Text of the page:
It takes place over a huge expanse of the Bombay where we get to know about a lot of people in the slum and also the gangsters in the mafia.
It was fun getting to learn more about how the mafia operates on various levels in the city. This book covers a wide variety of themes like friendship, love, exile, revenge, crime, poverty, communication.
The story was amazing! Even though I was intimidated by the sheer size of the book in the beginning, I enjoyed it thoroughly.
It has a great potential to be an amazing TV series. Hope it happens. Apart from that, I highly recommend reading the book.
Read on blog View all 10 comments. Nov 21, David Putnam rated it really liked it. The author says the book is based on his real life.
He had one crazy life. Heroin addition, bank robbery, prison break, escape to India. Its worth reading this book just for his descriptions of India and the culture from his perspective.
The way they build the sky scrapers, how the building has its own subculture the builders living next to it is amazing.
This book is well worth a look. It's a tad bit long, but interesting. View all 4 comments. Sep 02, Laura rated it did not like it Shelves: not-worth-it , mindless-entertainment.
The New York Times nailed Shantaram when they said that it is "nothing if not entertaining. Nine hundred pages of page-turning narrative and I wonder if I have gained anything by it.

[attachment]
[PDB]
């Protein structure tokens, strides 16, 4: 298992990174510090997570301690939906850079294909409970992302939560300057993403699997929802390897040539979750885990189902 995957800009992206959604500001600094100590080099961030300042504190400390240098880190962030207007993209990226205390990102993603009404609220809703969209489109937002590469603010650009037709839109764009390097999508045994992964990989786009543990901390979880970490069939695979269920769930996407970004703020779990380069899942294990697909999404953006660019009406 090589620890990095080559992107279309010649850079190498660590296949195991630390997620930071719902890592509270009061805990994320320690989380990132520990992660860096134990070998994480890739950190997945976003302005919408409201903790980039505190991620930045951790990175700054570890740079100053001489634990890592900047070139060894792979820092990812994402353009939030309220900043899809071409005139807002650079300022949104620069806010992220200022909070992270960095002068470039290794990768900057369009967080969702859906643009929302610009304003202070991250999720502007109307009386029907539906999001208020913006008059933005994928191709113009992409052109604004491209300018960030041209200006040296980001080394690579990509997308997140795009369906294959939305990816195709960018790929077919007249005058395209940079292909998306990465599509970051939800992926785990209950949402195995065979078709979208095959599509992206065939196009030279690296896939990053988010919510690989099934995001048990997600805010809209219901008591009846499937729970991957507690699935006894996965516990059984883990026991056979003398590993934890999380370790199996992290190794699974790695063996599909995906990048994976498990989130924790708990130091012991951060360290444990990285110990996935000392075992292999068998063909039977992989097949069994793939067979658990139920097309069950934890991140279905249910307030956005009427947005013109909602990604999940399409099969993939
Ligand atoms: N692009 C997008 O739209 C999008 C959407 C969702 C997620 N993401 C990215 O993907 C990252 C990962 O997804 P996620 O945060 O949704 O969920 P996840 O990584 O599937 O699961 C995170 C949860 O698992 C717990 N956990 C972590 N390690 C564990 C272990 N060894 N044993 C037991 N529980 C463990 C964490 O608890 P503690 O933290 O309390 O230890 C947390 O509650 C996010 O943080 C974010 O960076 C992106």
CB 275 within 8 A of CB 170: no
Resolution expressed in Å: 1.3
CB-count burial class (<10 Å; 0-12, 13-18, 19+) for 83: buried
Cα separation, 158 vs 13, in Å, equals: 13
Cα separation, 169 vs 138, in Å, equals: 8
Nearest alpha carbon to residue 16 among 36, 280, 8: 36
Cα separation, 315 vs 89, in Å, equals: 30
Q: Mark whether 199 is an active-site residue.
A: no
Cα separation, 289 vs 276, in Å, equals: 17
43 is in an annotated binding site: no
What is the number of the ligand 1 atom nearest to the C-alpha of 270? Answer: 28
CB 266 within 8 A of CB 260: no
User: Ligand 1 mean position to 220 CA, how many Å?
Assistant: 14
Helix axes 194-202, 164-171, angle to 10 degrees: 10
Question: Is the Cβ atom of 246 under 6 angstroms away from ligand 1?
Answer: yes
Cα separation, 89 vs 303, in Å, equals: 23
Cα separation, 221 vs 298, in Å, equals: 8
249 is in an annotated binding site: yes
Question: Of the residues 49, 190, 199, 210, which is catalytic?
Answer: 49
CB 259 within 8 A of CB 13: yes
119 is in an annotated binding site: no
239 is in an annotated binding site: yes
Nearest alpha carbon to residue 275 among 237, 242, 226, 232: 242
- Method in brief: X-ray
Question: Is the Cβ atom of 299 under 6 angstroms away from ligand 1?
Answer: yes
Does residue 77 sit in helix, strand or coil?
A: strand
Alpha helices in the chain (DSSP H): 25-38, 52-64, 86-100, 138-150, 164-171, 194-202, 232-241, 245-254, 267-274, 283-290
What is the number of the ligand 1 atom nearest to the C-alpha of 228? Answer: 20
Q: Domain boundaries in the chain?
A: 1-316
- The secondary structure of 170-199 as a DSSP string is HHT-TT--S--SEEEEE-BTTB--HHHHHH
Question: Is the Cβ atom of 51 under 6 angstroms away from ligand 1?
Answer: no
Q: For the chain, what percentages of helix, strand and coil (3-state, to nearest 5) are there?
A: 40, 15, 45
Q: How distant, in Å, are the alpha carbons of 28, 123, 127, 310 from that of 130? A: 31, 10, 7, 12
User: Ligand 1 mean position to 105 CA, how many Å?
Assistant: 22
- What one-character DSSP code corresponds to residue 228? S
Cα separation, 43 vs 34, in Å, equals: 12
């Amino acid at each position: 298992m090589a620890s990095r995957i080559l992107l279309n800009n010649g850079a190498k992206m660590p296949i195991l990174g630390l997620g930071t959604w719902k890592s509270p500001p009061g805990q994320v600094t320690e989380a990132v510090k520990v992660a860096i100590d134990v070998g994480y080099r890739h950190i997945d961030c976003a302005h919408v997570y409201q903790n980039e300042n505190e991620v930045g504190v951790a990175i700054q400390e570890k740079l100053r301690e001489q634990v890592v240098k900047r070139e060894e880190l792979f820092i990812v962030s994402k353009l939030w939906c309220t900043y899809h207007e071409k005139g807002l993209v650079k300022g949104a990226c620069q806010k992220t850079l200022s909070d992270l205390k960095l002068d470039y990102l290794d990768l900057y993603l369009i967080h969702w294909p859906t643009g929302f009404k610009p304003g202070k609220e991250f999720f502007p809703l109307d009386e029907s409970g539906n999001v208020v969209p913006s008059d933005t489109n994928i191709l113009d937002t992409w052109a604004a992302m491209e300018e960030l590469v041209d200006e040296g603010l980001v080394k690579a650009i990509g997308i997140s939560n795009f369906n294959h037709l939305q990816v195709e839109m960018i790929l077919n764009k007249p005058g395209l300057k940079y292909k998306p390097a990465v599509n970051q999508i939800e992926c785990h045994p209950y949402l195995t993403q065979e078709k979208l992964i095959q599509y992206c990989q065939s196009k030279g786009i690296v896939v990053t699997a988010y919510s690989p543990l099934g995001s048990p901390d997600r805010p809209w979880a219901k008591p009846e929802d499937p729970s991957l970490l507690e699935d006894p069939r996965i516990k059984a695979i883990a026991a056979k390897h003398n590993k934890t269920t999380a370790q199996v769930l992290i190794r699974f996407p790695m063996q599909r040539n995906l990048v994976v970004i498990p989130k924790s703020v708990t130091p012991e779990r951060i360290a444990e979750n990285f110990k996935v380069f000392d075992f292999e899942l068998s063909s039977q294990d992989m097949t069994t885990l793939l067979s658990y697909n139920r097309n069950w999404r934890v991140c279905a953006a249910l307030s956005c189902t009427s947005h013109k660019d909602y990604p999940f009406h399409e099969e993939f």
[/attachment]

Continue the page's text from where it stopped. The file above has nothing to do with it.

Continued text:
The characters lack fullness and complexity, the narrator is absurd, and the language suffers the burden of passages so heavily cliched and saturated with bite-sized pseudo-philosophical tidbits as to reduce the novel to little more than a self-help book.
Here's one pa The New York Times nailed Shantaram when they said that it is "nothing if not entertaining. Here's one particularly glaring example, referring to the author's time in prison: "Every time we turn the key we twist the knife of fate, because every time we cage a man we close him in with hate.
It's not that the book doesn't have its merits; the streets of Bombay, the city itself, is so well depicted that it is easily the most compelling character the book has to offer no that that's saying much.
I admit, I was mildly entertained. If the value of a book is to be judged by entertainment alone, Shantaram may be deemed by some to be worth the investment; just be prepared to knuckle down through some of the most excruciatingly horrid abuse of language I've seen in print for some time.
View all 6 comments. Shelves: top , killer-prose , i-said , I have spent the last two weeks in Roberts's seductive, chaotic, slum filled, audacious Bombay, full of vibrant, wonderful, charismatic characters.
This is a grand, sprawling, intelligent, autobiographical novel, elegantly written and splendidly evocative of an India I would otherwise never know.
As I sit here trying to decide how to best sum up just what this novel is about I realize that it is about everthing.
All of life's many lessons are here in this huge, sweeping, monumental story; but mo I have spent the last two weeks in Roberts's seductive, chaotic, slum filled, audacious Bombay, full of vibrant, wonderful, charismatic characters.
All of life's many lessons are here in this huge, sweeping, monumental story; but mostly it is about love and forgiveness and one man's searing search for redemption.